Poll: Majority of Americans Blame Obama, Not Trump, for State of Health Care Ahead of 2018 Midterms

In this Aug. 6, 2013, file photo. President Barack Obama laughs as the crowd sings him "Happy Birthday" at the start of his speech about housing at Desert Vista High School in Phoenix. The man who lives at 1600 Pennsylvania Ave. is more than just another famous face, or the …
AP/Jacquelyn Martin

A majority of Americans blame former President Barack Obama, not President Donald Trump, for the current state of health care and Obamacare in the final weeks of the 2018 midterms, according to a poll released on Friday.

As America approaches the final weeks of the November midterm elections, a majority of Americans across the aisle hold Obama primarily responsible for the current state of health care in America, signaling a significant shift in which a majority of Democrats and Independents’ now blame, or credit, the former Democrat president for the current state of health care.

In October, 56 percent of registered voters blamed Obama for the state of health care, 20 percent remain unsure who deserves the blame, and 24 percent of voters said President Trump serves as the most significant factor in the current state of health care.

Fifty-three percent of Democrats said Obama was primarily responsible for the state of health care, compared to 53 percent of Independents, and 59 percent of Republicans who also primarily blamed Obama for the current state of health care.

In contrast, 29 percent of Democrats blamed Trump, 24 percent of Independents blamed Trump, while only 21 percent of Republicans said Trump has the primary blame for America’s health care system.

In March 2018, 44 percent of all voters said that Obama was most responsible for the state of health care, 28 percent did not know who was to blame, while 28 percent blamed Trump. This increase represents a 12-point swing towards blaming Obama for the current state of health care, thanks to a rise in Democrats and Independents presumably crediting Obama for the state of health care.

Wendy Whitman Cobb, a political scientist at Cameron University in Lawton, Oklahoma, said that a growing number of voters that blamed Obama for the current state of health care suggested that Democrats have attempted to cast themselves as the party of health care.

“They’re branding themselves as the party that’s going to save your health care, because the Republicans supposedly want to take it away,” Whitman Cobb said. “They’re running towards the ACA and health care to claim it as their own.”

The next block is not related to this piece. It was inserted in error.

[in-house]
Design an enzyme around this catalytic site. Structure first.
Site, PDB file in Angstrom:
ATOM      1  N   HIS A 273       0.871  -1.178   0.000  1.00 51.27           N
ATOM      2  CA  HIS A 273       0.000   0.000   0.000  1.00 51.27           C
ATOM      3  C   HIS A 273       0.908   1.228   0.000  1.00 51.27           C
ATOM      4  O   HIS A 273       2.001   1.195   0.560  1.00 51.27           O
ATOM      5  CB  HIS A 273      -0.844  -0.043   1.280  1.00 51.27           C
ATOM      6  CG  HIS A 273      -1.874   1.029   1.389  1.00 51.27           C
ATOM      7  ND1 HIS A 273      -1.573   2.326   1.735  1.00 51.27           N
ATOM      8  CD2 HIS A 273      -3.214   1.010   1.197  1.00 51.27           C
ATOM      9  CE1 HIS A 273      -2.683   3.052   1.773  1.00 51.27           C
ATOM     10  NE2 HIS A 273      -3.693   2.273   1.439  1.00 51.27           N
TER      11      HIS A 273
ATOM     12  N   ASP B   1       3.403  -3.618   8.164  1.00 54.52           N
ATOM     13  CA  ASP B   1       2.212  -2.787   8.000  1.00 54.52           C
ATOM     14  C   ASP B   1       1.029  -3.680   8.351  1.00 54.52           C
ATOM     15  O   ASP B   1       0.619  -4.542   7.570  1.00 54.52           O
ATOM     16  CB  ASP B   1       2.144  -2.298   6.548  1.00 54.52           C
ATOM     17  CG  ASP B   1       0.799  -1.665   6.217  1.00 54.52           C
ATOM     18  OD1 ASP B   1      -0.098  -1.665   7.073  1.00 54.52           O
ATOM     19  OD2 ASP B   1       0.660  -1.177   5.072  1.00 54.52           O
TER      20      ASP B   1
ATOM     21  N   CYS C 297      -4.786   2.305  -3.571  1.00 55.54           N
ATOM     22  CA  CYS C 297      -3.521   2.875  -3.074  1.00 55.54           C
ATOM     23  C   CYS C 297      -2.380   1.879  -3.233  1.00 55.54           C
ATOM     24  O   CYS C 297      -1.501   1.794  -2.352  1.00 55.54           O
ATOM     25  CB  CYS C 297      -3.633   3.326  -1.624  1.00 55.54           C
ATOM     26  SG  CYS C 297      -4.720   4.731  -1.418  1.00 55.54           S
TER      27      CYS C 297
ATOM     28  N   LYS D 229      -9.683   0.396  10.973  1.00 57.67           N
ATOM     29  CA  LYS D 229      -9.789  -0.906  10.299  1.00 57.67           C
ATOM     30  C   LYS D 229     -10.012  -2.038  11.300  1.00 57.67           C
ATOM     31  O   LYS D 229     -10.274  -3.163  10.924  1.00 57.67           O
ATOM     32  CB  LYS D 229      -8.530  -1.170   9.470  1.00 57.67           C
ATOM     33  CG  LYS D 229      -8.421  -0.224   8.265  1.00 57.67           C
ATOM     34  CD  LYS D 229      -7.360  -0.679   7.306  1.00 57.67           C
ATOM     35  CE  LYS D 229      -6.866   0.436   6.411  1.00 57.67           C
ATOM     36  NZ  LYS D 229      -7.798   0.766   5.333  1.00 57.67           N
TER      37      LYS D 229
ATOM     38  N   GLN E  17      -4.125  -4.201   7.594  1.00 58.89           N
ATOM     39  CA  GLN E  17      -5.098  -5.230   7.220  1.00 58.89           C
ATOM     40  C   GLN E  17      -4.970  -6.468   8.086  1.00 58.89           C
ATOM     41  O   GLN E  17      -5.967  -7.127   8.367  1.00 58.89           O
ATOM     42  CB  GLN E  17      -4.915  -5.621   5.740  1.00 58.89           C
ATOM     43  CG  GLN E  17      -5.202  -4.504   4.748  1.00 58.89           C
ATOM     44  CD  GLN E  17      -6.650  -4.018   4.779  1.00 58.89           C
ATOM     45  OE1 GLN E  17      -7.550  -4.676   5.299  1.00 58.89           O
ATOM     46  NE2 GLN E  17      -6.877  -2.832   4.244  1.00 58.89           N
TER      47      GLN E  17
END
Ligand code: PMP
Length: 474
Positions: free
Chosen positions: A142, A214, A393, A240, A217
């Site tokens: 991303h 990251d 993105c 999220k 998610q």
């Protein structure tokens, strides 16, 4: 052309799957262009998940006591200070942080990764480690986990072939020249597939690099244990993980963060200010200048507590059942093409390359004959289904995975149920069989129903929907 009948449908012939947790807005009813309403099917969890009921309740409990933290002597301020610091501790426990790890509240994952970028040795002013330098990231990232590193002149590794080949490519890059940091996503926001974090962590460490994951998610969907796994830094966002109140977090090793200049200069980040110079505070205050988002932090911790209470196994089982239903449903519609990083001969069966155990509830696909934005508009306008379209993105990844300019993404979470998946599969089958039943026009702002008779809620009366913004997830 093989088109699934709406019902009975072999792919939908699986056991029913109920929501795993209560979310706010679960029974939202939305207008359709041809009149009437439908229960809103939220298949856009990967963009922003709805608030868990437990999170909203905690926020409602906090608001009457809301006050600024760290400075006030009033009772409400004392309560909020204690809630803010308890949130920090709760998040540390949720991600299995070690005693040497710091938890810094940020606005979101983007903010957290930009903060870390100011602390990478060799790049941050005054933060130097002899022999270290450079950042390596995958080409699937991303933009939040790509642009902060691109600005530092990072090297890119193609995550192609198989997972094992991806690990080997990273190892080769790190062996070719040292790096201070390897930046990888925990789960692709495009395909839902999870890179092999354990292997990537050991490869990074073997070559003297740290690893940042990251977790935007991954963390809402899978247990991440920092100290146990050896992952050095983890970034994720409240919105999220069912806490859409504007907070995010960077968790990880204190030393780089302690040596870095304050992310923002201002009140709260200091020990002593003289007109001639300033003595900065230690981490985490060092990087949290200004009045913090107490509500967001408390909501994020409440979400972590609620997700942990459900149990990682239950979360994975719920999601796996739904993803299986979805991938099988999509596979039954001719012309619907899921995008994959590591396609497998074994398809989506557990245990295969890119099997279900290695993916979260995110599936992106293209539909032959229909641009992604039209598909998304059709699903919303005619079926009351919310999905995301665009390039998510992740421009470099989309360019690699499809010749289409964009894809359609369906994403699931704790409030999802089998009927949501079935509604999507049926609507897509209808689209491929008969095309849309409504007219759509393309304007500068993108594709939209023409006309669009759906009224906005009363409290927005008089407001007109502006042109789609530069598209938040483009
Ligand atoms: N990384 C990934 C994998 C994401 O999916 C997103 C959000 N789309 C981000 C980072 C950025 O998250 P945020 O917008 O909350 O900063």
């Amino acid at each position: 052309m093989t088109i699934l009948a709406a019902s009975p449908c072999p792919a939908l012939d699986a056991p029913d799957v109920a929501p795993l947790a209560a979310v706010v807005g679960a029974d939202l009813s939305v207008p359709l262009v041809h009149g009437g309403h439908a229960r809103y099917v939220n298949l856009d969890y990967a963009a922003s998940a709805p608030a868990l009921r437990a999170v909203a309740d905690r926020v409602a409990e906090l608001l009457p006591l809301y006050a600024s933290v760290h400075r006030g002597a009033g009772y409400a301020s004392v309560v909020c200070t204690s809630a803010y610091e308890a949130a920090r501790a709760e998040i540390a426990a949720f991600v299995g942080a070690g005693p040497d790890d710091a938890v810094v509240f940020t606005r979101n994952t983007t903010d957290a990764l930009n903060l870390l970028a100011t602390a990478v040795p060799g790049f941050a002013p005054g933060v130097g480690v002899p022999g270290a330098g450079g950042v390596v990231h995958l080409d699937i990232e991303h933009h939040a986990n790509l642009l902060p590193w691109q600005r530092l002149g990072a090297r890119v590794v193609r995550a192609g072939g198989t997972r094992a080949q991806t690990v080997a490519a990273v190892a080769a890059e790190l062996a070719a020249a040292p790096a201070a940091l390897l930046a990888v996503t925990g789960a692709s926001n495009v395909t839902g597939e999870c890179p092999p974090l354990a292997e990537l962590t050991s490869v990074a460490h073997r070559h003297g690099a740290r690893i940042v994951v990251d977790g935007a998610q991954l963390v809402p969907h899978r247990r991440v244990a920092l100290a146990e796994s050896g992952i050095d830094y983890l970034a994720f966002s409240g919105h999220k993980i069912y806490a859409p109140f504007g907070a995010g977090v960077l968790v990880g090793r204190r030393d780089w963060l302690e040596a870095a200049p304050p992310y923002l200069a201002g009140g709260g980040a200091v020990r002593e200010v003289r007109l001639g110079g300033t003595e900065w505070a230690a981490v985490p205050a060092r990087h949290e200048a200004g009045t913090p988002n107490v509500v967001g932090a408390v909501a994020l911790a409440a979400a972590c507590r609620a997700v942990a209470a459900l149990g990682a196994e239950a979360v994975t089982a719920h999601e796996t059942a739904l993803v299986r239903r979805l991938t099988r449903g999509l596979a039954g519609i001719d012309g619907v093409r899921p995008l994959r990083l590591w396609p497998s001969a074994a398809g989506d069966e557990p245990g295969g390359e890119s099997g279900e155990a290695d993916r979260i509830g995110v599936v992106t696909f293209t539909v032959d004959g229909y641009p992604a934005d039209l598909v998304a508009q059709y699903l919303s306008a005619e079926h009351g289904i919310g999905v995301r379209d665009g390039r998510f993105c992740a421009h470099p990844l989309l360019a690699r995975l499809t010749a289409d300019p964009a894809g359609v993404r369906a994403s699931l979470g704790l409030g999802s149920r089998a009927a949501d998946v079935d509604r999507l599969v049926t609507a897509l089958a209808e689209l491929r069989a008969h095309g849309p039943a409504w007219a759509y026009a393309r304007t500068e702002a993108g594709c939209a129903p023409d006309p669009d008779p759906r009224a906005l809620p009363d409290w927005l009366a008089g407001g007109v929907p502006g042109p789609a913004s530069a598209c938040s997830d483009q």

Meanwhile, Doug Badger, a health scholar the Heritage Foundation, said that Americans tend to conflate the American health care system with Obamacare, therefore, voters happy with the Affordable Care Act (ACA) will likely credit Obama.

Badger also said that Republicans likely blamed Obama as a criticism of Obamacare and the skyrocketing premiums and deductibles that came after the enactment of the ACA.

Badger said, “People who are inclined to say that they like the ACA are going to credit Obama, and those who criticize the ACA are not going to blame Trump.”

After Senate Democrats failed to block the confirmation of Judge Brett Kavanaugh to the Supreme Court and Republican enthusiasm in the 2018 midterms surged, Democrats pivoted towards health care and have attacked Republicans over their alleged plans to repeal protections for patients with pre-existing conditions. The Democrat pivot to Obamacare represents a Haily Mary in the final weeks of the midterm elections as they try to retake the House of Representatives amidst tightening polls.

Despite the Democrat attacks against the GOP on their supposed plans to repeal pre-existing conditions, most Republicans and President Trump’s contended that they will not rescind protections for pre-existing conditions.

Whitman Cobb contended Republicans have attempted to walk a “fine line” between protecting pre-existing conditions while promising to repeal Obamacare.

While Democrats have attempted to attack Republicans over their alleged plans to repeal pre-existing conditions, they have not touted the Obamacare’s other legacy—skyrocketing costs.

Under Obamacare, individual market premiums more than doubled from $2,784 in 2013 to $5,712, which represents an increase of 105 percent.

In contrast, during Trump’s presidency, the Centers for Medicare and Medicaid Services (CMS) announced that average premium for Obamacare plans on the Federal exchange will drop by 1.5 percent in 2019, the first drop in premiums since Obamacare’s implementation.

States such as Tennessee and Pennsylvania will see a more dramatic drop in premiums, and Americans will experience greater health insurer participation in 2019 as well. Further, thanks to President Trump’s executive orders on health care, Americans will have more affordable health care choices compared to Obamacare with short-term health care plans and Association Health Plans (AHPs).

Thanks to the Trump Tax Cuts and Jobs Act, Republicans managed to repeal the Obamacare individual mandate, which represents a significant middle-class tax cut, considering that 80 percent of those paying the Obamacare individual mandate penalty made less than $50,000 a year.

President Donald Trump tweeted in October that Republicans will continue to protect pre-existing conditions, while Democrats will destroy Medicare in their attempt to create a $38 trillion, single-payer, socialized medicine scheme for the country.

“All Republicans support people with pre-existing conditions, and if they don’t, they will after I speak to them,” Trump wrote. “I am in total support. Also, Democrats will destroy your Medicare, and I will keep it healthy and well!”


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